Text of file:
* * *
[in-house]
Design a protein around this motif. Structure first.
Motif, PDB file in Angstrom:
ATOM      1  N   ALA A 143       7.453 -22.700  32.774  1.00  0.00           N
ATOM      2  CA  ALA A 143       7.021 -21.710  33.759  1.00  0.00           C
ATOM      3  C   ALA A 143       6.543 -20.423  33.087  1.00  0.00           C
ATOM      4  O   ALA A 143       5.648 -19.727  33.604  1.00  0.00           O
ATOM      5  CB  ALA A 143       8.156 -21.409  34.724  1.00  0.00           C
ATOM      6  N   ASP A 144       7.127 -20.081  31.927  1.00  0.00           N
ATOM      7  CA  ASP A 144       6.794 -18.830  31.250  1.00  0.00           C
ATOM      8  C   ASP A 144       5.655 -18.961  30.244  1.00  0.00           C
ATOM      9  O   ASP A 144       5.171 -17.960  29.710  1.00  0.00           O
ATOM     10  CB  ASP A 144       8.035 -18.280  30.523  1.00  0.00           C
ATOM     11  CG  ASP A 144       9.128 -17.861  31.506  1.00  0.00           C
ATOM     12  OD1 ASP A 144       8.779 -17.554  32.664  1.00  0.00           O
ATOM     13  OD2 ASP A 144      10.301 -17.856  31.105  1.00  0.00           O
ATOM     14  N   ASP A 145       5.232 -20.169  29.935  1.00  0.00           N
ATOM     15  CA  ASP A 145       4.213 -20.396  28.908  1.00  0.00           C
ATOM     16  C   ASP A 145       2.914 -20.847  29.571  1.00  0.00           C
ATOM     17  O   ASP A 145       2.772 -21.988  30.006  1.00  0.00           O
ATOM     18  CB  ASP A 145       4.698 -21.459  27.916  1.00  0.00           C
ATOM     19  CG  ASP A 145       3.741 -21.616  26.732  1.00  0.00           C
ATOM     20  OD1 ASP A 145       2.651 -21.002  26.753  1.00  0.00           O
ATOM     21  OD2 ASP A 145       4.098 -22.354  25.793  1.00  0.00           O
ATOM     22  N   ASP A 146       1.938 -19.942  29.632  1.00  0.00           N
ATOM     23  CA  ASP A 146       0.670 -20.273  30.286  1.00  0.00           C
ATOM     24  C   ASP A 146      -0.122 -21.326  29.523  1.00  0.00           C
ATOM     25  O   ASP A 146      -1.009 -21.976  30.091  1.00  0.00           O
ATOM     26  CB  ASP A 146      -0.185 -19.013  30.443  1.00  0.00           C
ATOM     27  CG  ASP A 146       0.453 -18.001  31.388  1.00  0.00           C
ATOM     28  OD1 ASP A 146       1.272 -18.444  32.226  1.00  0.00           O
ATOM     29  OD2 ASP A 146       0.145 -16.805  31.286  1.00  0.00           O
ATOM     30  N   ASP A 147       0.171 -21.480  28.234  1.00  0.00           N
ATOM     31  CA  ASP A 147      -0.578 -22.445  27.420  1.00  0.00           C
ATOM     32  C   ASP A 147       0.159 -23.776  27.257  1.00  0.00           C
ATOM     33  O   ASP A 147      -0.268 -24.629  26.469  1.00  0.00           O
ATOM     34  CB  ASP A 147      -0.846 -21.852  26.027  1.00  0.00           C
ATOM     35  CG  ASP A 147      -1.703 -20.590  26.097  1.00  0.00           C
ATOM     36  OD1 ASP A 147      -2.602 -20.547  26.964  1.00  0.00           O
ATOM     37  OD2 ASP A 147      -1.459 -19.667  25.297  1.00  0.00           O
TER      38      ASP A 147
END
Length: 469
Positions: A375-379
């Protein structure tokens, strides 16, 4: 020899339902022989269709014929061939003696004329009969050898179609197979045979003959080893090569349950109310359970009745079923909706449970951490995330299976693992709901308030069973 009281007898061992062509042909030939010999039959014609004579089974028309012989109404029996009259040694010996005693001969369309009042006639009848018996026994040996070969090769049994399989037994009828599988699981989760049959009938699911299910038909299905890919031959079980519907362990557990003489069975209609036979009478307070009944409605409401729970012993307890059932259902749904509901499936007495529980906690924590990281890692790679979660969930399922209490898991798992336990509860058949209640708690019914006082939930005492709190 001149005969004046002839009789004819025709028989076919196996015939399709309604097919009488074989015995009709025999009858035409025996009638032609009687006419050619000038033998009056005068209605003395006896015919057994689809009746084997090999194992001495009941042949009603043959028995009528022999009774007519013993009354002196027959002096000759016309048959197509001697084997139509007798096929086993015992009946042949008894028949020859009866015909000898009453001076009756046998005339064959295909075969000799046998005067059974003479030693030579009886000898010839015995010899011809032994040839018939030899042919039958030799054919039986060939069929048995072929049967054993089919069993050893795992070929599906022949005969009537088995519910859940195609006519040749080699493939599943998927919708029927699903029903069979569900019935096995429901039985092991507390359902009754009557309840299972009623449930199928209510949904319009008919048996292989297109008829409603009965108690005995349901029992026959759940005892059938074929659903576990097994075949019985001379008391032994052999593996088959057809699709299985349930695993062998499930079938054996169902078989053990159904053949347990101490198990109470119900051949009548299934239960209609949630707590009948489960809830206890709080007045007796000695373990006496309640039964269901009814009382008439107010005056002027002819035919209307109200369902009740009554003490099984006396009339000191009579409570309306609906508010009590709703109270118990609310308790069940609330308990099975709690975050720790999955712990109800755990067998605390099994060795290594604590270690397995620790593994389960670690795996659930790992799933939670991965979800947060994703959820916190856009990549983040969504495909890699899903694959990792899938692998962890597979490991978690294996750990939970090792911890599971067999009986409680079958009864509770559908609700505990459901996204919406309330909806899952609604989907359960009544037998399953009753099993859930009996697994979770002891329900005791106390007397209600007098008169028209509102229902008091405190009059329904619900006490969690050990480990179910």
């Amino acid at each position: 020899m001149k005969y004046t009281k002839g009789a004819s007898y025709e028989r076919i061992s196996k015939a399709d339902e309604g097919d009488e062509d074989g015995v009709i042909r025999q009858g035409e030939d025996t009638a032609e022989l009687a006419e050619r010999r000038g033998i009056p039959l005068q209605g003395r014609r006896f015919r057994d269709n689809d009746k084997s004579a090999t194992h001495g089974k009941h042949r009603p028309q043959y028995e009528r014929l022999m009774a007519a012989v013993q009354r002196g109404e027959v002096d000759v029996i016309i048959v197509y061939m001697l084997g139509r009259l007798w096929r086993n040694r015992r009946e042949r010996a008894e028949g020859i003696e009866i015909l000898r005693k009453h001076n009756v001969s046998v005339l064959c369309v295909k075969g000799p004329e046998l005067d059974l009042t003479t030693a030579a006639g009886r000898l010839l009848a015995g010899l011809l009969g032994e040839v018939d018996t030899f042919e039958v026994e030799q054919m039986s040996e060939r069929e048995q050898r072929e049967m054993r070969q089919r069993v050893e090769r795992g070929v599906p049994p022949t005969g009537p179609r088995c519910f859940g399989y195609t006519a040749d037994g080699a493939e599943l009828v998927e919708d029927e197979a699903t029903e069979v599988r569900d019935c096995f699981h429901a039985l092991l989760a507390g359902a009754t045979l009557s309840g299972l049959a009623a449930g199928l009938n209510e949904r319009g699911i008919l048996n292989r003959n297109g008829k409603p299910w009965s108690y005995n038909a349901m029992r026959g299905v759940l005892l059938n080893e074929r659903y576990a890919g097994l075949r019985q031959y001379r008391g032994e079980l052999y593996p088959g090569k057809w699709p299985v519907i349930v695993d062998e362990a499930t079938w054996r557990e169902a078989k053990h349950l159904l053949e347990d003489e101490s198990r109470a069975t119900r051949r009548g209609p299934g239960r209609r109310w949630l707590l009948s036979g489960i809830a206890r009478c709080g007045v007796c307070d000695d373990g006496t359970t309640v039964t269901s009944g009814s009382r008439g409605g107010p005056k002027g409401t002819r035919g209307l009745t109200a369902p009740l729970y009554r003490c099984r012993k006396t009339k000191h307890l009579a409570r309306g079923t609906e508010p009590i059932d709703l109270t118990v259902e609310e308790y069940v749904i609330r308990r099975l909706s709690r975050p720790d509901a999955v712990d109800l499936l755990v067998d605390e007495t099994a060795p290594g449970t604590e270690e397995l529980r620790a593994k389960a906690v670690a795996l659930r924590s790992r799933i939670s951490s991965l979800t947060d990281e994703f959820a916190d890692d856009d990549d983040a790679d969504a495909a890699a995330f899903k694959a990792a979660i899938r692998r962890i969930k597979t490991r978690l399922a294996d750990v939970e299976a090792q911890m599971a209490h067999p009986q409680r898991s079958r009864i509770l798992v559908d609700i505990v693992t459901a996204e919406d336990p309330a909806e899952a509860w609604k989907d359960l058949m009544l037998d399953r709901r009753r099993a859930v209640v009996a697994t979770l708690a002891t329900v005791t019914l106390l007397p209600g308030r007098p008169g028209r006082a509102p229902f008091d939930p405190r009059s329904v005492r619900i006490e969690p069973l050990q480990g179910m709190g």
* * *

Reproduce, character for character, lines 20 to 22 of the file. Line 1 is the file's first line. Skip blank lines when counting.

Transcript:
ATOM     17  O   ASP A 145       2.772 -21.988  30.006  1.00  0.00           O
ATOM     18  CB  ASP A 145       4.698 -21.459  27.916  1.00  0.00           C
ATOM     19  CG  ASP A 145       3.741 -21.616  26.732  1.00  0.00           C